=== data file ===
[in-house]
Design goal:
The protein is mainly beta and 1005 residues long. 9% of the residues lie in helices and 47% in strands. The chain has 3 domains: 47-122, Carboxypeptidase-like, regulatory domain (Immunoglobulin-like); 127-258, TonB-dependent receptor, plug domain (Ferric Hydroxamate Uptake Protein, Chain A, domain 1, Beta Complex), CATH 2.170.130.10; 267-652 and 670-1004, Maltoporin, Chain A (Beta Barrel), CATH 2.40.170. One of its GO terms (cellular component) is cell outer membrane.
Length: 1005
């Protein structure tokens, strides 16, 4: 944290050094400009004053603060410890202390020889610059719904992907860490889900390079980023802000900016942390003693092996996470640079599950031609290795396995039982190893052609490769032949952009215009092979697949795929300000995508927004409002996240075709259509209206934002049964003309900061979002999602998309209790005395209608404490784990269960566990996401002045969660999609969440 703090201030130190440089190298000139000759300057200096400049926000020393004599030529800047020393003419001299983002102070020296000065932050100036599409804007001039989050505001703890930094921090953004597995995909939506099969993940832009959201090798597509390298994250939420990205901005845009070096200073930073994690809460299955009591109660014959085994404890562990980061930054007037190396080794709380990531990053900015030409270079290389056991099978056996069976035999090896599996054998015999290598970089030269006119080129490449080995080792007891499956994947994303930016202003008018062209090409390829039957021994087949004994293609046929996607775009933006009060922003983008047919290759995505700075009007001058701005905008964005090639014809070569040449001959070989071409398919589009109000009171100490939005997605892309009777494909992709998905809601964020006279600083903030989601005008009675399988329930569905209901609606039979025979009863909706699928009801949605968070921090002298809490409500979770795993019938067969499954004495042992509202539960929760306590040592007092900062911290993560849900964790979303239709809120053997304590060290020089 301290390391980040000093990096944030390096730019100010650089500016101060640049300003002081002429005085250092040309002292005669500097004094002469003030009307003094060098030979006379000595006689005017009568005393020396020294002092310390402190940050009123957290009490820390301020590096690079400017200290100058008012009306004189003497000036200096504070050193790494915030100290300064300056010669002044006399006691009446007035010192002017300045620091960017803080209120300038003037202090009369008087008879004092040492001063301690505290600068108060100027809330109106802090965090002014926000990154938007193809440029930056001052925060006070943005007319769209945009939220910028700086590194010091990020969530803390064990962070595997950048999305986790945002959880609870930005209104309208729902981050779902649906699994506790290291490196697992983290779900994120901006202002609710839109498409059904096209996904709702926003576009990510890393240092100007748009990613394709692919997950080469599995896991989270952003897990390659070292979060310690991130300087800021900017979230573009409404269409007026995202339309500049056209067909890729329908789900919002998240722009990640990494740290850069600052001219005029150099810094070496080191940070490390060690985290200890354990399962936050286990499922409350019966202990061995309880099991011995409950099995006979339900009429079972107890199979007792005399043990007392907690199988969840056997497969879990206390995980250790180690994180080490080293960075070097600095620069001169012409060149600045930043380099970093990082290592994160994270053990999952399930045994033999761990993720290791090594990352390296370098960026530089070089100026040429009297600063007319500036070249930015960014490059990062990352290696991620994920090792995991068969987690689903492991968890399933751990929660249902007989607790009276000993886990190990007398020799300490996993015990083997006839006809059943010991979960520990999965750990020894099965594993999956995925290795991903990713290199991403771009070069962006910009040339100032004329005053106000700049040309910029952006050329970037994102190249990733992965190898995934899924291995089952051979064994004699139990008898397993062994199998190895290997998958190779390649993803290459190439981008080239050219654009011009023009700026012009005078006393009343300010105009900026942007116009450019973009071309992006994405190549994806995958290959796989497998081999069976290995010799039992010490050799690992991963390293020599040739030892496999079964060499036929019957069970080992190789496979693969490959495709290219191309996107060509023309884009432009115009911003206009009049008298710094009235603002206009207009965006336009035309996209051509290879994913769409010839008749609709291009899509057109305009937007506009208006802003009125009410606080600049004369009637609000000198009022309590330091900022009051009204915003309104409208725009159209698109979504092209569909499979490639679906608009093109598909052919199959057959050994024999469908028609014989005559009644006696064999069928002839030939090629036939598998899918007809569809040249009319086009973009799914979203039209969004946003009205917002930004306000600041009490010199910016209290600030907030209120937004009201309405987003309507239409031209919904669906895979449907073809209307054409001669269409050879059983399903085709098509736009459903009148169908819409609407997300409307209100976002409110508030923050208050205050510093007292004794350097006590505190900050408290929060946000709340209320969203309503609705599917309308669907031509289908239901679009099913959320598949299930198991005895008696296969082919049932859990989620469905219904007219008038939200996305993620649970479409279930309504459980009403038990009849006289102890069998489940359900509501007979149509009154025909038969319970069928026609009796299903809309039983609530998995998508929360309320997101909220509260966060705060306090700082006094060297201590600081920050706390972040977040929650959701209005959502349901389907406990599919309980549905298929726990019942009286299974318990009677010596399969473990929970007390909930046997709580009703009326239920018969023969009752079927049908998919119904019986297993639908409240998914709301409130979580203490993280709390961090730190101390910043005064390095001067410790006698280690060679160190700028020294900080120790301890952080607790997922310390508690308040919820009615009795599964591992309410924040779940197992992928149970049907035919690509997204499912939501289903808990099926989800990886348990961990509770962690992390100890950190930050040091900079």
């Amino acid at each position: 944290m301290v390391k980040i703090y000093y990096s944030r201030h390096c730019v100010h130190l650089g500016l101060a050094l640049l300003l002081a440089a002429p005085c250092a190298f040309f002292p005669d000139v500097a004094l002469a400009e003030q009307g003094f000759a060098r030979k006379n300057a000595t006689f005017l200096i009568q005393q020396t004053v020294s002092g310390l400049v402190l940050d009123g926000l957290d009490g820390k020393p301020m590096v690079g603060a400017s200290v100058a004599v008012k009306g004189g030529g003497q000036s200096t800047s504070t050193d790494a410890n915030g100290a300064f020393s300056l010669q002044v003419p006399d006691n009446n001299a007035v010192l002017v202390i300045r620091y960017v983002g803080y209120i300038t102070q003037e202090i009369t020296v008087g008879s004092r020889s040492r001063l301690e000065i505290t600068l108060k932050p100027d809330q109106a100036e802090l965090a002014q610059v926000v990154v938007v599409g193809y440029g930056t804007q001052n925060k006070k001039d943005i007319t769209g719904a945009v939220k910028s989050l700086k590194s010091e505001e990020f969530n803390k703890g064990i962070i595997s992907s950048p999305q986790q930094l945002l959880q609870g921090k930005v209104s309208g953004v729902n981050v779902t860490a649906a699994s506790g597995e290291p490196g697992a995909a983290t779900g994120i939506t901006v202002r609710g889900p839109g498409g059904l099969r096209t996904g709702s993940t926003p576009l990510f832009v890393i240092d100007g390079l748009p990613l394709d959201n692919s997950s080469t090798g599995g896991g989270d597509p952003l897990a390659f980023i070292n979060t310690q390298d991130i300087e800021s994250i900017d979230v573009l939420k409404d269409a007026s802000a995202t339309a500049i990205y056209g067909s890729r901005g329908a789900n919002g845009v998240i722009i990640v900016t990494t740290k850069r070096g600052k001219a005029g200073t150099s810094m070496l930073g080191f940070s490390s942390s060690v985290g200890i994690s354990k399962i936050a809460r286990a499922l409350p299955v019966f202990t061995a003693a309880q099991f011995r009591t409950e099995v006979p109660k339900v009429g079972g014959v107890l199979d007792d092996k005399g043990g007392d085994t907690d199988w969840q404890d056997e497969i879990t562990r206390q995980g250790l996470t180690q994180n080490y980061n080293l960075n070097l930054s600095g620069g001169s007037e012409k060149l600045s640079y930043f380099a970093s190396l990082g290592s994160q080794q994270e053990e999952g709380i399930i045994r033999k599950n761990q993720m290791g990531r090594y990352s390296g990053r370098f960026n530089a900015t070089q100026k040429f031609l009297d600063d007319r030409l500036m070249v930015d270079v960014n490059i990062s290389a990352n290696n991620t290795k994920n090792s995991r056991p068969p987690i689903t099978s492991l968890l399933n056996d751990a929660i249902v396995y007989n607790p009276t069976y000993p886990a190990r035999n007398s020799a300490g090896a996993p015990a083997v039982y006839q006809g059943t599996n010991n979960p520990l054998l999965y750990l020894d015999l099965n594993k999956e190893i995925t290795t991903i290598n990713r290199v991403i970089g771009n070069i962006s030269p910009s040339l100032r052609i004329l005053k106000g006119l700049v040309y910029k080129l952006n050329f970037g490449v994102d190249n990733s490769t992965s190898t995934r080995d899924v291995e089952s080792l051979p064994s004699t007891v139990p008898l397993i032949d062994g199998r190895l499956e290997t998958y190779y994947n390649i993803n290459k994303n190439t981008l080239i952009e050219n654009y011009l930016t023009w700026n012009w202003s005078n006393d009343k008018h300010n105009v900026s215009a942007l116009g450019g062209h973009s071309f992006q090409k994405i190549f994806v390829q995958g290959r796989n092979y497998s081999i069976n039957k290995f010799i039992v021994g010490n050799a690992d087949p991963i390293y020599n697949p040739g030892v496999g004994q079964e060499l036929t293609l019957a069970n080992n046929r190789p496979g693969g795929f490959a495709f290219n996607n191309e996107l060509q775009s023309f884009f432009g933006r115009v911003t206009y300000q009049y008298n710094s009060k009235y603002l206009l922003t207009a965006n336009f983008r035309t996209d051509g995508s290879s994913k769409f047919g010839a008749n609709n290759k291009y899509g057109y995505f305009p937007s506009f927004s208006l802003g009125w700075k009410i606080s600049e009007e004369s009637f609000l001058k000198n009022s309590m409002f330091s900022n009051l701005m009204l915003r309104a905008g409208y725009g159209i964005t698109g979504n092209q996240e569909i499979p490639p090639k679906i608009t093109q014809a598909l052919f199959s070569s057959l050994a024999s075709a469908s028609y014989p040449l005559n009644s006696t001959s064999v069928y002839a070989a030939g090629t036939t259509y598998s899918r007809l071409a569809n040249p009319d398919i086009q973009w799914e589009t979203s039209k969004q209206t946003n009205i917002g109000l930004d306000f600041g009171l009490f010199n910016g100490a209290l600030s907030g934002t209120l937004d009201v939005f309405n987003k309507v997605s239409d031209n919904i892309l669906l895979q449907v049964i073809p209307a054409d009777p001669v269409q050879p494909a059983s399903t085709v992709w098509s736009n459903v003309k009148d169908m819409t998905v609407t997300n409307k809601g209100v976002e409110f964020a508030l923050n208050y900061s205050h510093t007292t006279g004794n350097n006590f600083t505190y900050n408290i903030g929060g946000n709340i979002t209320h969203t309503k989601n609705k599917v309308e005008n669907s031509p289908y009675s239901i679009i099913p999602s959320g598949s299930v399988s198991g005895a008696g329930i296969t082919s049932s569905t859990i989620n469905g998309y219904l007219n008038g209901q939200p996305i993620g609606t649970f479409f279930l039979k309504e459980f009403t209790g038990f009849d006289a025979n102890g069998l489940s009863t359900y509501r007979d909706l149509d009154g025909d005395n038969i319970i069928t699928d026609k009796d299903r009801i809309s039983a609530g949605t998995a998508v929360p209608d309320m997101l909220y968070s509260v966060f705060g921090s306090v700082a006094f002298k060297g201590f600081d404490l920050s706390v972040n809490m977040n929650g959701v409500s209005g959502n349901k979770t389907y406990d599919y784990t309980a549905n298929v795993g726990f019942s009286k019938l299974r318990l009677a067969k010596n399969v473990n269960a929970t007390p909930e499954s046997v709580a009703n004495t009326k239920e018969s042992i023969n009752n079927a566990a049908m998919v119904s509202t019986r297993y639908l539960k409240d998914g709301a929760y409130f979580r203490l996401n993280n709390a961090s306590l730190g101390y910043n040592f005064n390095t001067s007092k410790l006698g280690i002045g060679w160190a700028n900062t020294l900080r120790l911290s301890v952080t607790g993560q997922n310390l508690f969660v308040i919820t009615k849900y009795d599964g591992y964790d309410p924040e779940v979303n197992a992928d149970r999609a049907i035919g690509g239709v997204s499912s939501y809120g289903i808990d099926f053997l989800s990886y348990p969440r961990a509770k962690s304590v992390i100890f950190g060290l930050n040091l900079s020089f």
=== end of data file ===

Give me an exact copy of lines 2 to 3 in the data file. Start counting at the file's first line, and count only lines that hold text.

Design goal:
The protein is mainly beta and 1005 residues long. 9% of the residues lie in helices and 47% in strands. The chain has 3 domains: 47-122, Carboxypeptidase-like, regulatory domain (Immunoglobulin-like); 127-258, TonB-dependent receptor, plug domain (Ferric Hydroxamate Uptake Protein, Chain A, domain 1, Beta Complex), CATH 2.170.130.10; 267-652 and 670-1004, Maltoporin, Chain A (Beta Barrel), CATH 2.40.170. One of its GO terms (cellular component) is cell outer membrane.